Author nameRoleType of authorWork?Status
Katharine Kerrprimary authorall editionsconfirmed
Frick, JohanTranslatorsecondary authorsome editionsconfirmed
Kaila, KatariinaTranslatorsecondary authorsome editionsconfirmed
Parkinson, KeithCover artistsecondary authorsome editionsconfirmed
Taylor, GeoffCover artistsecondary authorsome editionsconfirmed
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Epigraph
Men see life going from a dark to a darkness. The gods see life as a death...
-The Secret Book of Cadwallon the Druid
Dedication
For my husband, Howard, who helped me more than ever he can know. Without his support and loving encouragement, I never would have finished this book.
First words
In the hall of light, they reminded her of her destiny.
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(Click to show. Warning: May contain spoilers.)
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Amazon.com Product Description (ISBN 0553565214, Mass Market Paperback)

Even as a young girl,  Jill was a favorite of the magical, mysterious  Wildfolk, who appeared to her from their invisible  realm. Little did she know her extraordinary  friends represented but a glimpse of a forgotten past  and a fateful future. Four hundred years-and many  lifetimes-ago, one selfish young lord caused the  death of two innocent lovers. Then and there he  vowed never to rest until he'd rightened that  wrong-and laid the foundation for the lives of Jill  and all those whom she would hold dear: her  father, the mercenary soldier Cullyn; the exiled  berserker Rhodry Maelwaedd; and the ancient and  powerful herbman Nevyn, all bound in a struggle against  darkness. . . and a quest to fulfill the  destinies determined centuries ago. Here in this newly  revised edition comes the incredible novel that  began one of the best-loved fantasy seers in recent  years--a tale of bold adventure and timeless  love, perilous battle and pure magic. For  long-standing fans of Deverry and those who have yet to  experience this exciting series,  Daggerspell is a rare and special treat.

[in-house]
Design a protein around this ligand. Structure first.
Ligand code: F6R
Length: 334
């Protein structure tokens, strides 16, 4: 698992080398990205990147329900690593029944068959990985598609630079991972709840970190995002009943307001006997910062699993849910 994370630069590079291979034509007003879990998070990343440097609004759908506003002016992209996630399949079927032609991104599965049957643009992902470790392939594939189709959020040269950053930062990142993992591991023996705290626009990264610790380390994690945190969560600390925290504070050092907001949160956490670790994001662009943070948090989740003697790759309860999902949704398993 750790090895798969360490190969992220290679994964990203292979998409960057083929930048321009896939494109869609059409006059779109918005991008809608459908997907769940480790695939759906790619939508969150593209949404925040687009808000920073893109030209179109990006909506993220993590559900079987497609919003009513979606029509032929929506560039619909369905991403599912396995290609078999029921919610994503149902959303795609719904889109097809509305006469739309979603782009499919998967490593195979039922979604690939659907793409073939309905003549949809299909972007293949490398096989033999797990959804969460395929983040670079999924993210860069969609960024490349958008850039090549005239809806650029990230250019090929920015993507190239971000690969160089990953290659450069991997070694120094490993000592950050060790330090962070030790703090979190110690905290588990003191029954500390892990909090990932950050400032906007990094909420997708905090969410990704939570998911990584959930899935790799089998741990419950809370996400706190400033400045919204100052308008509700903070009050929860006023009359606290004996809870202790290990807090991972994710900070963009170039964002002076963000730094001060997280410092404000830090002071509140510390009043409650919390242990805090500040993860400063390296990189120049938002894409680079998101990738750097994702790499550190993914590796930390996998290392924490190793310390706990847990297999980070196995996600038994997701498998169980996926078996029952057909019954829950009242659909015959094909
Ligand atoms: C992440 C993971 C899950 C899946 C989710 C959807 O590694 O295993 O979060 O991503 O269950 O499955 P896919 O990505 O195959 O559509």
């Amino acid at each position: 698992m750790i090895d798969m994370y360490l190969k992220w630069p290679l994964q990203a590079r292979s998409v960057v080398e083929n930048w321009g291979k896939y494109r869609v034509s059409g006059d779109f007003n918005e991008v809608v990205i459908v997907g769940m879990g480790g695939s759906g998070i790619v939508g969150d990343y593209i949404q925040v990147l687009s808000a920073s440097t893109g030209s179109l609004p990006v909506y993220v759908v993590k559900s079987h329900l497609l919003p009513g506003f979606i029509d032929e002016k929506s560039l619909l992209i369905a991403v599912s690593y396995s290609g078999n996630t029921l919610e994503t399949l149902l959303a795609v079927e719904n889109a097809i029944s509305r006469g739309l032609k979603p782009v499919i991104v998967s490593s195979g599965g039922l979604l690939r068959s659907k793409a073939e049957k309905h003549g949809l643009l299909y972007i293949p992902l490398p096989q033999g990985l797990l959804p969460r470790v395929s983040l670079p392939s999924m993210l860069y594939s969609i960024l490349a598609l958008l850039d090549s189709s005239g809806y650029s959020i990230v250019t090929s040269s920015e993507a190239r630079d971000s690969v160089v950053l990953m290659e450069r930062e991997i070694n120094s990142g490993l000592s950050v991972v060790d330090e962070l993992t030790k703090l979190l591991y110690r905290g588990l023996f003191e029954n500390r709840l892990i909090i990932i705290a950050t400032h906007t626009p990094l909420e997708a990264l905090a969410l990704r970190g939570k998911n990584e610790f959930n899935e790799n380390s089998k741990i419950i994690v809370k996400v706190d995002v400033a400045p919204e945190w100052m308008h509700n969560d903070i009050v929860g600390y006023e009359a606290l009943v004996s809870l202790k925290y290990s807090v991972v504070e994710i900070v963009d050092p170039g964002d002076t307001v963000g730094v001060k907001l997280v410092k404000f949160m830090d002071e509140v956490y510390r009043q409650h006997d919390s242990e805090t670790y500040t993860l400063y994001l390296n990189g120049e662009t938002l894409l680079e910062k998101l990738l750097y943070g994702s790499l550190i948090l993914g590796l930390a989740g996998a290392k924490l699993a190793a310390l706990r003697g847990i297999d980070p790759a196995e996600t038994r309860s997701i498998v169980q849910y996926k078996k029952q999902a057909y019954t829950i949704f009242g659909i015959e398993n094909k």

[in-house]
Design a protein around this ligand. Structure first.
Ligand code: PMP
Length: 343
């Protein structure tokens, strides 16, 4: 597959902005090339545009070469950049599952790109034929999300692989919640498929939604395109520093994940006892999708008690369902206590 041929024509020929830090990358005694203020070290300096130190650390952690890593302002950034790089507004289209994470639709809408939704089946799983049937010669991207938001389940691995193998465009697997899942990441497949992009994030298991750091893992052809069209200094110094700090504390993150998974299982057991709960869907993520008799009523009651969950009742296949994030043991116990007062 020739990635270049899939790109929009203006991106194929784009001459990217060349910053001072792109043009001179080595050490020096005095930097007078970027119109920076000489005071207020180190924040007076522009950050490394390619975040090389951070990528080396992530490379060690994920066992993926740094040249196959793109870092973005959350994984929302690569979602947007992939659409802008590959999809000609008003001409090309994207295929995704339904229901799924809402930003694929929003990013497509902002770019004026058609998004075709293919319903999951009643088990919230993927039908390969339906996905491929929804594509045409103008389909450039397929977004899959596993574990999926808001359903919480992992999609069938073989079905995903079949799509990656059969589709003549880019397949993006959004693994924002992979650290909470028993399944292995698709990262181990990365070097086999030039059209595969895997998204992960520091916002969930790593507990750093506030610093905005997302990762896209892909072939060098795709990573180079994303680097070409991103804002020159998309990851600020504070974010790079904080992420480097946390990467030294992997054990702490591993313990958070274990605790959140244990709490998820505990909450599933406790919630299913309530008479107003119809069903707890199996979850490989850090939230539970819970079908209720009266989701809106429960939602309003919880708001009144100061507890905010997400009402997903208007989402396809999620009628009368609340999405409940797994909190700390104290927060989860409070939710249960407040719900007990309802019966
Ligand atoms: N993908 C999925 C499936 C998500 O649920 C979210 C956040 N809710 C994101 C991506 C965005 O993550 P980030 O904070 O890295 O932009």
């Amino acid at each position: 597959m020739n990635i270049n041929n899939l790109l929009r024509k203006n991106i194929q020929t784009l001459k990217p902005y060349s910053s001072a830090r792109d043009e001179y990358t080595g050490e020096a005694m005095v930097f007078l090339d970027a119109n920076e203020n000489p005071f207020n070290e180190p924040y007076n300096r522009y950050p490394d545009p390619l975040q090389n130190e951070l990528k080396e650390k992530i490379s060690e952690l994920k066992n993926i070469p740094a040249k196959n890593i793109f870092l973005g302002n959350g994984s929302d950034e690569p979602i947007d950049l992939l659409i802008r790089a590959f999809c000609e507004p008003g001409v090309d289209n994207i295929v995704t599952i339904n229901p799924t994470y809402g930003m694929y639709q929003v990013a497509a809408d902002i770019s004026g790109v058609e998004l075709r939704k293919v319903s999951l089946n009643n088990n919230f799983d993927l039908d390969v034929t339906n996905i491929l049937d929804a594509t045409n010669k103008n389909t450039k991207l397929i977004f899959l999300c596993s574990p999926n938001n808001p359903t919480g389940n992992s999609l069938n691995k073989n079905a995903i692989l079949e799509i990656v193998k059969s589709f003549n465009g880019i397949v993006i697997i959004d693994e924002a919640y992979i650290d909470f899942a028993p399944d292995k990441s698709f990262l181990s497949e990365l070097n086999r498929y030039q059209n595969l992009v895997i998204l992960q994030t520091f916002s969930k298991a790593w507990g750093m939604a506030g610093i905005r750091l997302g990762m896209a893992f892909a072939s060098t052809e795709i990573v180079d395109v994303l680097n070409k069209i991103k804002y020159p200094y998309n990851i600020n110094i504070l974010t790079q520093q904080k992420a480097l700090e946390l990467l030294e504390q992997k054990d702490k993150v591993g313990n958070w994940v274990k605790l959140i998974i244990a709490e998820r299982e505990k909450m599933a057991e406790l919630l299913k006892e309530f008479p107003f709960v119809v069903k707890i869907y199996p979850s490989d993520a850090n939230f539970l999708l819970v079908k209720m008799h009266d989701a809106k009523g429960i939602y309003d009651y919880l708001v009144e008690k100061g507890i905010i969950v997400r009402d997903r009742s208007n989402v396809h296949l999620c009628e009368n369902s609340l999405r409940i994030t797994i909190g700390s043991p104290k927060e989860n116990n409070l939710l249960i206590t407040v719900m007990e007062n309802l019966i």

(retrieved from Amazon Mon, 30 Sep 2013 13:29:35 -0400)

(see all 5 descriptions)

In a world beyond physical reality, Nevyn, the wandering and mysterious sorcerer who relinquished a maiden's hand in marriage and so forged a terrible bond between three souls, searches for atonement for the tragic wrongs of his youth

(summary from another edition)

» see all 3 descriptions